Playboy: If you were to plan an ideal dinner party, whom would you invite?
Byrne: That's a great question. Hmmm. I'd want to invite people who might disagree; people who might never come in contact with one another, but once they meet, might really like one another.
Playboy: Your songs are different in how unlike each other they are--Creatures of Love is a slightly twisted country-and-western song; And She Was is a tuneful little number about levitation; Girlfriend Is Better has the line in it, "I got a girlfriend with bows in her hair; and nothing is better than that." Care to defend your sarcasm?
Byrne: Oh, there might have been a little bit of sarcasm in the verses of that last song you mentioned, but not in the choruses. I meant it to be genuinely enthusiastic. With Little Creatures, I wanted to write stuff that gave you the feeling that you had heard the song before. Also, I've seen a lot of kids lately. They're everywhere. I played with [Talking Heads] Tina [Weymouth] and Chris [Frantz]'s kid, Robin, when we were on tour. I'm proud of that song, because it's goofy and creepy but sentimental at the same time. And She Was is just about a girl who discovered she could float and have a really good time doing it. I've heard people can do it. But I'm afraid if I were ever really successful in getting across exactly what was intended, my songs would be really boring and nobody would be interested anymore. Maybe the fact that I fail in my intentions keeps things moving on.
Playboy: Some rock musicians--John Lennon and David Bowie, to name two--attended art school. So did you. Why?
Byrne: It's different in England, because the schools are free, so you could go to art school and loaf. I just knew that I was interested in doing something creative. In art school, you don't have to go through four years of training before you get to the good stuff. I was wrong a bit, but to some extent, it was cool.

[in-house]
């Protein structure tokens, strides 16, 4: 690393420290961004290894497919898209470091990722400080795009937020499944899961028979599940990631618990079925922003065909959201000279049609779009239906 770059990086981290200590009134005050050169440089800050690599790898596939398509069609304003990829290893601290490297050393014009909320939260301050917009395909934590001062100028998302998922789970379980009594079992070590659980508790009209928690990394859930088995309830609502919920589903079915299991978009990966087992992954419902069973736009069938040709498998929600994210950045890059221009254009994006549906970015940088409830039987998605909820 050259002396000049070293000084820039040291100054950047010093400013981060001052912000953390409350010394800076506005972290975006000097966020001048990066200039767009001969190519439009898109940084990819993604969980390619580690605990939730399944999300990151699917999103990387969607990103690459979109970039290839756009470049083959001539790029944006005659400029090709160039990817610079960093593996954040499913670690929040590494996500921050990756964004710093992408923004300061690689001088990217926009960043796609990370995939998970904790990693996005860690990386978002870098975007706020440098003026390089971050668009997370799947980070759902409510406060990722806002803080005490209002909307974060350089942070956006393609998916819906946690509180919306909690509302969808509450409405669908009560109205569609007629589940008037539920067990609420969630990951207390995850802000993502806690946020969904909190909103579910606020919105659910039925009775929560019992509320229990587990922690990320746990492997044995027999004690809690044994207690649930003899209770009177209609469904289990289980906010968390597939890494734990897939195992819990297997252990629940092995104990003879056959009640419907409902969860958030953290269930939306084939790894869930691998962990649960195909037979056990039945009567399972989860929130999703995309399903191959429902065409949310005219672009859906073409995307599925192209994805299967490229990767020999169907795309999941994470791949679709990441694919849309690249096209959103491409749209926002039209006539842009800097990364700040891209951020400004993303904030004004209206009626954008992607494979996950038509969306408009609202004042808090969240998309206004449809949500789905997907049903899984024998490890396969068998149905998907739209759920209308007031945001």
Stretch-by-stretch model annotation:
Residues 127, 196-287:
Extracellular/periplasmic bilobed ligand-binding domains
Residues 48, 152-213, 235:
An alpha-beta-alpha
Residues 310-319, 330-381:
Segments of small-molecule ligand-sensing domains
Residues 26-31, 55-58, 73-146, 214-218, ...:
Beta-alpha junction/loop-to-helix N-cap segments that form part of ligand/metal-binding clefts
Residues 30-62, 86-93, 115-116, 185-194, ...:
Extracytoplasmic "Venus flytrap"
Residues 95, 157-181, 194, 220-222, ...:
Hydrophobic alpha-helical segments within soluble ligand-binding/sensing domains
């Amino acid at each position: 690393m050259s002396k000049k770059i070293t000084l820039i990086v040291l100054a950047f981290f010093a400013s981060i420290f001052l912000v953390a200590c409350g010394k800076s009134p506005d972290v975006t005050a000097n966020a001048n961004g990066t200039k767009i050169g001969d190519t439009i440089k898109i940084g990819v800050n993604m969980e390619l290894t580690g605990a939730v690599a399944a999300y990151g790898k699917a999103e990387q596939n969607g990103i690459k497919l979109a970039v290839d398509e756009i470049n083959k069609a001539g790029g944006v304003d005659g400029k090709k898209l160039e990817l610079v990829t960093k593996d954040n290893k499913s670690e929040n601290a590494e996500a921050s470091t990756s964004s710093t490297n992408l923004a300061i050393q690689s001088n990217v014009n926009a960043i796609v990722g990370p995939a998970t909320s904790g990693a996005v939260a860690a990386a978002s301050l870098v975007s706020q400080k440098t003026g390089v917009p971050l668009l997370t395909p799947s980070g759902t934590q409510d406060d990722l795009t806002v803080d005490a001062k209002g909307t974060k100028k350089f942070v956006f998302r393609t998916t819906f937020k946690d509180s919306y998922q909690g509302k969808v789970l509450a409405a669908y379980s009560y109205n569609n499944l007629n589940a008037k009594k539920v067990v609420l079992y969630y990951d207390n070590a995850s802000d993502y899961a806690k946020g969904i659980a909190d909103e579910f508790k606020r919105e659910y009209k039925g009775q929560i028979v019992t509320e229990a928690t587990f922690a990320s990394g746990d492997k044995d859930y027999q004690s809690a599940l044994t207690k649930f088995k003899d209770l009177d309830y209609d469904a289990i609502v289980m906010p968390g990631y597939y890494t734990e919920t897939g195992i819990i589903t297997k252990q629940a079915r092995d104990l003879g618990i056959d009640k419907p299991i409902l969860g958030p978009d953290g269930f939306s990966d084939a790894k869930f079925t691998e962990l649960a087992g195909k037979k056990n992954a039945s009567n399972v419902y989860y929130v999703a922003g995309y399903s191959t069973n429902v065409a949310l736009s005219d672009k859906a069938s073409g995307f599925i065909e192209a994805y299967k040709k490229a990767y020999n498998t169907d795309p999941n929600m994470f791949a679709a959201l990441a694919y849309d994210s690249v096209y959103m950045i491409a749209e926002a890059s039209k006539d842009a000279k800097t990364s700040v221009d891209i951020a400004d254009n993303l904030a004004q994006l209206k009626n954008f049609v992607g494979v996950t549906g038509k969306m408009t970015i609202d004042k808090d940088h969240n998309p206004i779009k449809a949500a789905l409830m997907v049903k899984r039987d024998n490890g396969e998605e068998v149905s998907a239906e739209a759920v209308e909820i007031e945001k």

Playboy: Were your parents nervous about your going to art school--did they try to steer you into accounting or law? Are they proud of you now?
Byrne: They were very tolerant. More than anything else, they weren't discouraging. Once, they told me that the competition might be stiff, but that's all. It never came up again. Are they proud of me? We haven't talked about it, but I think so.
Playboy: Describe your early artwork.
Byrne: Oh, there were all kinds of things: questionnaires, lists, Polaroids of flying saucers. One list was a quiz with multiple-choice questions. I remember one question about television programs: The best television programs are: (A) 30 seconds long, (B) five hours long. Those were the only choices. But that said something about the meaning of television: either short bursts of information or treating television as a surveillance medium--like the moon shots, where it's on constantly.
Playboy: Which contemporary artists interest you? What's on your walls at home?
Byrne: I have things, but I don't put them on the walls. I sometimes lean them against the wall, and then I stack them away and pull a few out every once in a while. If you stick them on the walls, you wear them out; you suck the inspiration out of them. The artists I have are mostly unknown: They're considered "outsider artists," people who are schizophrenics, some of them are hospitalized, some are people who produce work on their own with total disregard for the art market. The guy who did our record cover, the Reverend Howard Finster, is one. I have a couple of small paintings by him. I'm not saying he's crazy. These are honest visions that people have, and that's what attracted me to them--their honesty. My tastes have changed, because when I thought that my ambitions were to be an artist, then I became real vicious about what I liked and what I didn't. I was in competition with all these people. I still produce visual art on my own, but I'm not in competition, so I can enjoy much more than I used to.
Playboy: You were raised in Baltimore. What does someone who comes from there call himself?
Byrne: A Baltimoron. Really. My parents live in the suburbs now. They're retired and are having a great time. I'm jealous. I was apprehensive that they'd retire and have nothing to do, go nuts, immediately turn senile and watch soap operas. They're not. I visit twice a year.
It's fascinating to explore society's aberrations. I read a series of interviews with hijackers."